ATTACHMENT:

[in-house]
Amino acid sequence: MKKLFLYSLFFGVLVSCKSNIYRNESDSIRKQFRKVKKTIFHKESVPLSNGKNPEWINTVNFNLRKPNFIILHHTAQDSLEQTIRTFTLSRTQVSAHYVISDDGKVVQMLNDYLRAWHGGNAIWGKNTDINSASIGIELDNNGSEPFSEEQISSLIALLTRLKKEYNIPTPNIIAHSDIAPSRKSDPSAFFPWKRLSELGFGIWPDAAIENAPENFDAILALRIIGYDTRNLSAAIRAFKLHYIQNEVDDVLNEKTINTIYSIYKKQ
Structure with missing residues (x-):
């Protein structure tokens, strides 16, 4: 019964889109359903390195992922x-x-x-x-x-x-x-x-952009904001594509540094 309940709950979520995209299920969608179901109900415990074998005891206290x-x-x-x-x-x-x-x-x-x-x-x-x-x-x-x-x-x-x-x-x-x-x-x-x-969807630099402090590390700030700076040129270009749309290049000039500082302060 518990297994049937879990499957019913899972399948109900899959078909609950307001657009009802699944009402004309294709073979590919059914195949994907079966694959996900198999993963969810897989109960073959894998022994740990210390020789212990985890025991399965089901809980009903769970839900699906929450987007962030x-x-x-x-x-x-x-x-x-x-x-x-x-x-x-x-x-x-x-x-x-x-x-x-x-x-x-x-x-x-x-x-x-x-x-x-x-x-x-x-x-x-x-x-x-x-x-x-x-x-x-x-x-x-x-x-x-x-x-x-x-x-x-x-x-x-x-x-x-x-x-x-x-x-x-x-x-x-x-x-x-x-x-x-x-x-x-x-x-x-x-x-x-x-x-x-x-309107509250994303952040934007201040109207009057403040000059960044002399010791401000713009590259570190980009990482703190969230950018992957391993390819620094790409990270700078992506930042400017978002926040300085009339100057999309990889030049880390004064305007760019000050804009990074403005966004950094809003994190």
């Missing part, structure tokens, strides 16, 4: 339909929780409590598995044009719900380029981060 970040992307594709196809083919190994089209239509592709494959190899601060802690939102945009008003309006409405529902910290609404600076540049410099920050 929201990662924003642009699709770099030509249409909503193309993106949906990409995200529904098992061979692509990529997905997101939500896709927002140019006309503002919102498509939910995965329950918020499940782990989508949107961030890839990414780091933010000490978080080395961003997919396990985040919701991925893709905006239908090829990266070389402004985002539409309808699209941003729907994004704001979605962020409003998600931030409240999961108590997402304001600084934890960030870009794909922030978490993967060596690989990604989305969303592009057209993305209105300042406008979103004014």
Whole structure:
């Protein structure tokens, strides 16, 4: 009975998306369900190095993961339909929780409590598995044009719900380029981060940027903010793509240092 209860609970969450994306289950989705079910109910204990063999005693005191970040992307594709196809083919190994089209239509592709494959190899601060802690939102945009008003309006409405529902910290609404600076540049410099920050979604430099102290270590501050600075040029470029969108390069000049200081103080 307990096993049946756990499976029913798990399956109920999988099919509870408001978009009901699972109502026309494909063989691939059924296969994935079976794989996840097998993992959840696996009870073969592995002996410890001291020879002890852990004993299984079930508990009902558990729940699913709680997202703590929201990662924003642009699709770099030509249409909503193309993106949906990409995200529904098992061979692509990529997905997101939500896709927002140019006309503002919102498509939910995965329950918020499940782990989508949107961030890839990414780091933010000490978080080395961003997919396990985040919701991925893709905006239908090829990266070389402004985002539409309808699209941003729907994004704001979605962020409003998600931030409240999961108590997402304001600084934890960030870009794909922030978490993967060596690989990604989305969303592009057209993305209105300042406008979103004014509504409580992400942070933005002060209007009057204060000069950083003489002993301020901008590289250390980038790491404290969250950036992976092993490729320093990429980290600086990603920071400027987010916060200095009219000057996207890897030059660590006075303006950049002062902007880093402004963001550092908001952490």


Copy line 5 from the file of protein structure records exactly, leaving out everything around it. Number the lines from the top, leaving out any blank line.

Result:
């Missing part, structure tokens, strides 16, 4: 339909929780409590598995044009719900380029981060 970040992307594709196809083919190994089209239509592709494959190899601060802690939102945009008003309006409405529902910290609404600076540049410099920050 929201990662924003642009699709770099030509249409909503193309993106949906990409995200529904098992061979692509990529997905997101939500896709927002140019006309503002919102498509939910995965329950918020499940782990989508949107961030890839990414780091933010000490978080080395961003997919396990985040919701991925893709905006239908090829990266070389402004985002539409309808699209941003729907994004704001979605962020409003998600931030409240999961108590997402304001600084934890960030870009794909922030978490993967060596690989990604989305969303592009057209993305209105300042406008979103004014």